1. My mother told me that I was convinced that “they” were out to get me.  She asked me what “they” were wearing and I told her white trousers and blue jackets.  “There you go,” Mum said, “they are the nurses, they are there to help you.”  I was massively underwhelmed  and said “I can’t believe that you are on their side, I can’t believe you would side with them,” etc, etc and then hung up.  Mum called me back immediately and I said “Oh, I know what they are doing, they make you call so that nobody else can contact me,” and hung up again.

2. My friend came bearing gifts of my favourite foods and I mentioned to him that he might see the parade of the 100 year old people if he were lucky.  “How do you know they are 100?” he asked.  “Well,” I said, “they are at least 80.”

3. Another friend visited twice.  On one occasion I told her that at the wedding that was happening the man with the plastic leg (who says plastic leg??) kept leaving his leg all over the place and I had had to take it back to him several times and if she saw it on her way out, could she do me a favour and return it to him.

4. My doctor and his wife and his three children visited me.  I spoke eloquently and  lucidly about my life in China and was terribly interested in how my doctor’s wife found life Beijing.

None of these things, and many more that are not as pleasant (pulling out lines in my arms and feet – yes, plural), do I have any recollection of.   When these stories have been told to me, they have been exactly that: stories.

I am not sure that I really believed in, or, perhaps, understood amnesia before this.  I thought perhaps that if I tried really hard to recall then some things would seep through.  The funny thing is, I don’t even try to recall because those moments do not exist in by brain.  It would be like me trying to remember when I sailed around Cape Horn because I never have, I don’t sail, don’t even really know where Cape Horn is, I’ve never had the time or space or opportunity to do that and that is what the loss of those days feel like – not a loss because there is no possibility that it could have happened.

Kinda cool, kinda freaky.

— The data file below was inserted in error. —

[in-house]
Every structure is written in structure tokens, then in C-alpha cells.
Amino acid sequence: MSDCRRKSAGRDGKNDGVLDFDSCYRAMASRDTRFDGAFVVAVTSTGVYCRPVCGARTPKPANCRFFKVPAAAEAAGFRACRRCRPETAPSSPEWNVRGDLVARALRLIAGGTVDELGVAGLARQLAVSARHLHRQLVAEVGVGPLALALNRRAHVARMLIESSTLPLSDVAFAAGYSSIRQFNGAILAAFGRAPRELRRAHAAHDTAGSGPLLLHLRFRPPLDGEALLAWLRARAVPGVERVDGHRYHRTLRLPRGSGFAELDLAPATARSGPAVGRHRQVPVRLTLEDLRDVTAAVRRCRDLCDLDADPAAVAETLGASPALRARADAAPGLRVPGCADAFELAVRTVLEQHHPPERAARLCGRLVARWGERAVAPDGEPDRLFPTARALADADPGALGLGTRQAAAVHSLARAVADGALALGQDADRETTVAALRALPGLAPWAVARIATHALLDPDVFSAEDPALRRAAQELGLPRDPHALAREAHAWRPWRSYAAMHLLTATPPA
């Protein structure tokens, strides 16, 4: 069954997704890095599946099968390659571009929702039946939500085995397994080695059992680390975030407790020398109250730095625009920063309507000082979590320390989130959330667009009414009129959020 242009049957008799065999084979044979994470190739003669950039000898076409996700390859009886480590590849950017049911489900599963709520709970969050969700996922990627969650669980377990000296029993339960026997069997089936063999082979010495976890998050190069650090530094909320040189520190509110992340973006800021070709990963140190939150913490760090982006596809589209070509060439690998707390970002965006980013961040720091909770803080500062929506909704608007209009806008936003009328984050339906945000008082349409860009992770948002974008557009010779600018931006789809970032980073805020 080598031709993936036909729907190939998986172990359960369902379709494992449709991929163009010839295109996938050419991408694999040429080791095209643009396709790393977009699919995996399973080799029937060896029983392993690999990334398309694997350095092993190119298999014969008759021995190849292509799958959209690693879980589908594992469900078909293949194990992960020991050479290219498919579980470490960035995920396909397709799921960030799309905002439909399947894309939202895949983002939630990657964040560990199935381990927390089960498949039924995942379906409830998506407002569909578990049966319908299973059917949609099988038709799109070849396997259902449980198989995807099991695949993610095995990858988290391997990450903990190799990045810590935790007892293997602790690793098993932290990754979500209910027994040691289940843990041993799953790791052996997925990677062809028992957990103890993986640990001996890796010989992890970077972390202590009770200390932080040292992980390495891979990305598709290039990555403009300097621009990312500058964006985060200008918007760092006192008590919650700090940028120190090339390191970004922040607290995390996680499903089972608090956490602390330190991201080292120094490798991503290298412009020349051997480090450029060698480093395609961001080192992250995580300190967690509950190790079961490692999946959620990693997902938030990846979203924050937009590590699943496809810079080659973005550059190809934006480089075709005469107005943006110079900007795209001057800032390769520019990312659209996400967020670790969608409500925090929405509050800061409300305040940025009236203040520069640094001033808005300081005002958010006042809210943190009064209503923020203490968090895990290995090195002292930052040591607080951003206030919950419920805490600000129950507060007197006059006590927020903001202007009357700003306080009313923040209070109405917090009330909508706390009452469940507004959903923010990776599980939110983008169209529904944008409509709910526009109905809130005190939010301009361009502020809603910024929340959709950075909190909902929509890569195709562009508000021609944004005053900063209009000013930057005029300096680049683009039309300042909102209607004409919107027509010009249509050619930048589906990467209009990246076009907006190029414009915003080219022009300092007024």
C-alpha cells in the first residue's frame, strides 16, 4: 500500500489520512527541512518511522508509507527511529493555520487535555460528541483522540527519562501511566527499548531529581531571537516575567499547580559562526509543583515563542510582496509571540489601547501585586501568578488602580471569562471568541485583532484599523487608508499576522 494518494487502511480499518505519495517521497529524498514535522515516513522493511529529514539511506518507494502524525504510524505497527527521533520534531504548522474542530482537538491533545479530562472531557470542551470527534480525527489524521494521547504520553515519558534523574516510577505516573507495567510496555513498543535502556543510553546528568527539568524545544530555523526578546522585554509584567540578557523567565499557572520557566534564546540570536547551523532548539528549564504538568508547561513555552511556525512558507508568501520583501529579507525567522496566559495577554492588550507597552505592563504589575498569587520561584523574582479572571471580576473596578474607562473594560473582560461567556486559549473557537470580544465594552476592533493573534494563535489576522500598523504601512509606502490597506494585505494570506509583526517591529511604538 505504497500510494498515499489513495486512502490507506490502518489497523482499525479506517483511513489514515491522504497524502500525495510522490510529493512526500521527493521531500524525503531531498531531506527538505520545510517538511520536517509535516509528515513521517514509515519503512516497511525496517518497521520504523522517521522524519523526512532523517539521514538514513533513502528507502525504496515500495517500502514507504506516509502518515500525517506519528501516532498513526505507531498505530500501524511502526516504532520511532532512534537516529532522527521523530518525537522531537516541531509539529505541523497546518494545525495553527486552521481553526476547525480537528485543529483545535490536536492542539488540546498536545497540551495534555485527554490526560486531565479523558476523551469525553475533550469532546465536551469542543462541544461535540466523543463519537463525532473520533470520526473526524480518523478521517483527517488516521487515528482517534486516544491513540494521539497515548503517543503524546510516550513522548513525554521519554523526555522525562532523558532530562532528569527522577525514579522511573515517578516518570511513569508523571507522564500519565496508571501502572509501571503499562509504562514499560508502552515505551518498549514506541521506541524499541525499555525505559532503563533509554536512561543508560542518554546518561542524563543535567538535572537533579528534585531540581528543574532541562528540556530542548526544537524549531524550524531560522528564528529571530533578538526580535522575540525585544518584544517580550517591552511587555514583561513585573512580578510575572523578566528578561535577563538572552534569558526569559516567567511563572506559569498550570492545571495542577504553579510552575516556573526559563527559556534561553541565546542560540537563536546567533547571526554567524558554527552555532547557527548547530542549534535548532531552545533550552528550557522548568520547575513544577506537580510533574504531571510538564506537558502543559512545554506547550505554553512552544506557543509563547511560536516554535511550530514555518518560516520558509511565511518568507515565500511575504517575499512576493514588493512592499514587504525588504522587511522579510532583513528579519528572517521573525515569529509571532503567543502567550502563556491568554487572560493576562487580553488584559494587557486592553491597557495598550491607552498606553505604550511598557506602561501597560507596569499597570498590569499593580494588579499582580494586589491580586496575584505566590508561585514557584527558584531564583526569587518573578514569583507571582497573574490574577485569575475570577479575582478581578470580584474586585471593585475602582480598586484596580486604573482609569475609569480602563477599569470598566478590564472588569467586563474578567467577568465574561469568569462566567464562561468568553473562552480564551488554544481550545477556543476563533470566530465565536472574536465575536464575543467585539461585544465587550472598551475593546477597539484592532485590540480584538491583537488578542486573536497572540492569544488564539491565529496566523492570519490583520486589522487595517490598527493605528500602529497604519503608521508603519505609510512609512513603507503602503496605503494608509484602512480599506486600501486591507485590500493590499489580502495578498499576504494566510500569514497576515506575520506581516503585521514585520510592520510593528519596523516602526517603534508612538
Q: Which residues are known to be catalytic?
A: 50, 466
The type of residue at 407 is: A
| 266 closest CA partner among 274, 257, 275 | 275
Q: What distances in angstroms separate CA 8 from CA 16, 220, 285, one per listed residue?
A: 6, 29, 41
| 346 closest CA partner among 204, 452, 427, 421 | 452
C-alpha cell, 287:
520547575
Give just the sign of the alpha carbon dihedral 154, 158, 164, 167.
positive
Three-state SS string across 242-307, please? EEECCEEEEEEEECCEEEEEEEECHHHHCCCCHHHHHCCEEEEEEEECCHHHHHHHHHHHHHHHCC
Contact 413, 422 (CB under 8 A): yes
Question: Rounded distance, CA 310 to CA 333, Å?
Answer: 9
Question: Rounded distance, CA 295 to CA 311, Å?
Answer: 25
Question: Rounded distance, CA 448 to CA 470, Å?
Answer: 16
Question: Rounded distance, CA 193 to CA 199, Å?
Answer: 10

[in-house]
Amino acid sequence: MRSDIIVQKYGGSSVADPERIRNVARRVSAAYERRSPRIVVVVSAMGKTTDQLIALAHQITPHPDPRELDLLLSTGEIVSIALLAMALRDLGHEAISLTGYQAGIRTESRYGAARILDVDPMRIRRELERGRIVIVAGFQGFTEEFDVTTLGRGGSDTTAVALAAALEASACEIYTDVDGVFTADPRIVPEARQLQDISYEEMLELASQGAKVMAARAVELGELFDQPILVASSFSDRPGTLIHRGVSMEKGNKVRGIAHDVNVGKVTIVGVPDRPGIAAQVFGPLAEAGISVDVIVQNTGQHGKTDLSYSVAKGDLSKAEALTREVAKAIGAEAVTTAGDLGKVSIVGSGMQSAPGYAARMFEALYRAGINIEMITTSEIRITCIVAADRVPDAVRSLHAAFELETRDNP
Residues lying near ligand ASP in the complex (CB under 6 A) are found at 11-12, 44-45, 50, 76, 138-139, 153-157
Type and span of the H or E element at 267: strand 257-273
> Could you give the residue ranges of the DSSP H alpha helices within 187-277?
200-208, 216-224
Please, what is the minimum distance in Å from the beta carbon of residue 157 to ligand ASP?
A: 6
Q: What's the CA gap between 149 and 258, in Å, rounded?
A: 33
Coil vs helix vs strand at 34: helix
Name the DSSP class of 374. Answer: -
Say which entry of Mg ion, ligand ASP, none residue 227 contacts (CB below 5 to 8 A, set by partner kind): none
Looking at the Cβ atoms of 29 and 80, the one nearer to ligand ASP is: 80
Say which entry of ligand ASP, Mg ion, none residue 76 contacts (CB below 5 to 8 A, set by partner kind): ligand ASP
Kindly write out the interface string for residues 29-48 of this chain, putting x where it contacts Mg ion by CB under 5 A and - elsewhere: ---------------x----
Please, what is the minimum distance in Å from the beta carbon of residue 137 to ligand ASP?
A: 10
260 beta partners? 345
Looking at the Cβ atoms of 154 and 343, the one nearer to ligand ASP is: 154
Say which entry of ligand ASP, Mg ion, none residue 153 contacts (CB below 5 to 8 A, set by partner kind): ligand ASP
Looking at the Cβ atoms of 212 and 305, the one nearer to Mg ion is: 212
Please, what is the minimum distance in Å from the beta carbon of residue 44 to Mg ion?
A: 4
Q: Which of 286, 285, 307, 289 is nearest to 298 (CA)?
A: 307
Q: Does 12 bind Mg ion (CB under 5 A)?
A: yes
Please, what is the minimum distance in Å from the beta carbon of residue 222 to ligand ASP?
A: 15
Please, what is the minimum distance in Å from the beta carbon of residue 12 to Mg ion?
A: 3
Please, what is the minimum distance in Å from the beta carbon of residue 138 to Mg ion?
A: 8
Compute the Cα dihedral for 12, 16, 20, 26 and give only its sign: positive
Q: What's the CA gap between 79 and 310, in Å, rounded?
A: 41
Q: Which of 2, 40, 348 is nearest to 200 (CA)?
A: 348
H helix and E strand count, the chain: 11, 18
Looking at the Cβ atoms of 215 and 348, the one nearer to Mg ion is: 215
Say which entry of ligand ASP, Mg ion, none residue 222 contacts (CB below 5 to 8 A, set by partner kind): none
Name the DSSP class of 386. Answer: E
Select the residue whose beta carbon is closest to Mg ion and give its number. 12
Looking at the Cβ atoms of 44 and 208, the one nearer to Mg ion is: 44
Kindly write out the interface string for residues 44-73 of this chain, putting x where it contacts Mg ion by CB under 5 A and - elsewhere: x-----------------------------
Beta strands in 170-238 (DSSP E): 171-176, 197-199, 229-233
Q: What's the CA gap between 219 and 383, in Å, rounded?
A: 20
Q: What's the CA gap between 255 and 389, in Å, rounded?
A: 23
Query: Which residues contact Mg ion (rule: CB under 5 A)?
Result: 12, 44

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A Book Club of One’s Own: Michael Connelly – The Reversal

I have been a fan of Michael Connelly for years.  I have particularly liked his Detective, Hieronymus Bosch.  I love the way he drives me around Los Angeles, a city I don’t know, and makes it a city I want to know, one that I think I know as I read, smiling at the familiar suburb names, road names, canyon names as they were more than words on a page.

I saw Michael Connelly ages ago at a Sydney Writers’ Festival and he disappointed me.  I’m not entirely sure what I wanted, but what I got was a grumpy old man who did not seem to be pleased to there, did not seem pleased to be talking about this thing that he does that the entire audience loved – this character of Los Angeles.  He sounded petulant and entitled and right, no matter what.

Screen Shot 2015-01-18 at 17.36.05So, I didn’t read anything new that he published for several years.  Until last week.  I read what is the third installment the in Lincoln Lawyer series.  I have read the first one, now I have read The Reversal.

In this novel, I was reading the grumpy old man I saw at the Sydney Writers’ Festival all those years ago.  Harry Bosch had morphed from reflective to entitled.  His internalising of things became the petulance of someone with something (unidentified) to prove.  His detective skills transformed into keeping things secret lest anybody suggest a different route or way of thinking.

The story is told from the dual perspectives of Mickey Haller (the Lincoln lawyer), in first person, and Harry Bosch, in third person.  All this served to highlight is that both of these characters are the same.  Just different ages and perhaps their vanities are slightly different.  But both are chauvinistic, even more so from pretending that they are not.  Both need to prove themselves and in doing this they are simply a pair of prats.